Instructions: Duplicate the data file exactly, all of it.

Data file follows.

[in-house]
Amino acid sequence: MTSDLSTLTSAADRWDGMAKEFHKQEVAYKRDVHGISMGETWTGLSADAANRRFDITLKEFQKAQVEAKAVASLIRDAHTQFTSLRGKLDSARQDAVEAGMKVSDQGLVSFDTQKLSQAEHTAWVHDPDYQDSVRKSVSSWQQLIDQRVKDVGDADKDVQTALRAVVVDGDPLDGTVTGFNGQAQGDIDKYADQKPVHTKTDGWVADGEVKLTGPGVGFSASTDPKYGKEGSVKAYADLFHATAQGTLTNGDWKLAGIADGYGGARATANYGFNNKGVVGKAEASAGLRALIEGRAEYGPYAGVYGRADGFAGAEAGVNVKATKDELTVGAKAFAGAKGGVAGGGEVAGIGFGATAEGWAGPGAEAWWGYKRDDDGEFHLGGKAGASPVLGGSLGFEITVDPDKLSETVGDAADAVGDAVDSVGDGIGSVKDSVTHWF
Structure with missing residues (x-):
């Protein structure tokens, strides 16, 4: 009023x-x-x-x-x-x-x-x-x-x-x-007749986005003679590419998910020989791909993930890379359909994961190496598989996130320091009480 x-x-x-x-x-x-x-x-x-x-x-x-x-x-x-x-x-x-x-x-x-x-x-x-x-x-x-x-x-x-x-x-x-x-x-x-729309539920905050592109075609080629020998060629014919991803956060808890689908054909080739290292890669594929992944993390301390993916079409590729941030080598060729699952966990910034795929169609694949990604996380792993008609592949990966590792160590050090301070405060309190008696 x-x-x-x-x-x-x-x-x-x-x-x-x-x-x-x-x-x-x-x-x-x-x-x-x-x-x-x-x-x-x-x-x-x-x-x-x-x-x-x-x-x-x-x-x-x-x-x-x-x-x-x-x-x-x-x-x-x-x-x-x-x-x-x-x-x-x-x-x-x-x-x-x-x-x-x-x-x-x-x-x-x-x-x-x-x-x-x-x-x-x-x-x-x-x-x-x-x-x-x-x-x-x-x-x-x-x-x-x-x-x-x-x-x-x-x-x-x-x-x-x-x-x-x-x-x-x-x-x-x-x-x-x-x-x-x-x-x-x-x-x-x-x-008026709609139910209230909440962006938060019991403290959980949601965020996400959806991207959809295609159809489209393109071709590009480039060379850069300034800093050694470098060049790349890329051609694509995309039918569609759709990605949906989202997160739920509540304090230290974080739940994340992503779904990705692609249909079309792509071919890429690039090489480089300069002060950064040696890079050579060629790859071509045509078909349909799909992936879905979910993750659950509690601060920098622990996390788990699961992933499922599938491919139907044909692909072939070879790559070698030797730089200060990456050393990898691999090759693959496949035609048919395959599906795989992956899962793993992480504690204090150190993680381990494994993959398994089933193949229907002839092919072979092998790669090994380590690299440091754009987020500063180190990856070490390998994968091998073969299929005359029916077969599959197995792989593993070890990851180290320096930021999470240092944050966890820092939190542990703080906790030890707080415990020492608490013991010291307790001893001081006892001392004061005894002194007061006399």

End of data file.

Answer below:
[in-house]
Amino acid sequence: MTSDLSTLTSAADRWDGMAKEFHKQEVAYKRDVHGISMGETWTGLSADAANRRFDITLKEFQKAQVEAKAVASLIRDAHTQFTSLRGKLDSARQDAVEAGMKVSDQGLVSFDTQKLSQAEHTAWVHDPDYQDSVRKSVSSWQQLIDQRVKDVGDADKDVQTALRAVVVDGDPLDGTVTGFNGQAQGDIDKYADQKPVHTKTDGWVADGEVKLTGPGVGFSASTDPKYGKEGSVKAYADLFHATAQGTLTNGDWKLAGIADGYGGARATANYGFNNKGVVGKAEASAGLRALIEGRAEYGPYAGVYGRADGFAGAEAGVNVKATKDELTVGAKAFAGAKGGVAGGGEVAGIGFGATAEGWAGPGAEAWWGYKRDDDGEFHLGGKAGASPVLGGSLGFEITVDPDKLSETVGDAADAVGDAVDSVGDGIGSVKDSVTHWF
Structure with missing residues (x-):
């Protein structure tokens, strides 16, 4: 009023x-x-x-x-x-x-x-x-x-x-x-007749986005003679590419998910020989791909993930890379359909994961190496598989996130320091009480 x-x-x-x-x-x-x-x-x-x-x-x-x-x-x-x-x-x-x-x-x-x-x-x-x-x-x-x-x-x-x-x-x-x-x-x-729309539920905050592109075609080629020998060629014919991803956060808890689908054909080739290292890669594929992944993390301390993916079409590729941030080598060729699952966990910034795929169609694949990604996380792993008609592949990966590792160590050090301070405060309190008696 x-x-x-x-x-x-x-x-x-x-x-x-x-x-x-x-x-x-x-x-x-x-x-x-x-x-x-x-x-x-x-x-x-x-x-x-x-x-x-x-x-x-x-x-x-x-x-x-x-x-x-x-x-x-x-x-x-x-x-x-x-x-x-x-x-x-x-x-x-x-x-x-x-x-x-x-x-x-x-x-x-x-x-x-x-x-x-x-x-x-x-x-x-x-x-x-x-x-x-x-x-x-x-x-x-x-x-x-x-x-x-x-x-x-x-x-x-x-x-x-x-x-x-x-x-x-x-x-x-x-x-x-x-x-x-x-x-x-x-x-x-x-x-008026709609139910209230909440962006938060019991403290959980949601965020996400959806991207959809295609159809489209393109071709590009480039060379850069300034800093050694470098060049790349890329051609694509995309039918569609759709990605949906989202997160739920509540304090230290974080739940994340992503779904990705692609249909079309792509071919890429690039090489480089300069002060950064040696890079050579060629790859071509045509078909349909799909992936879905979910993750659950509690601060920098622990996390788990699961992933499922599938491919139907044909692909072939070879790559070698030797730089200060990456050393990898691999090759693959496949035609048919395959599906795989992956899962793993992480504690204090150190993680381990494994993959398994089933193949229907002839092919072979092998790669090994380590690299440091754009987020500063180190990856070490390998994968091998073969299929005359029916077969599959197995792989593993070890990851180290320096930021999470240092944050966890820092939190542990703080906790030890707080415990020492608490013991010291307790001893001081006892001392004061005894002194007061006399």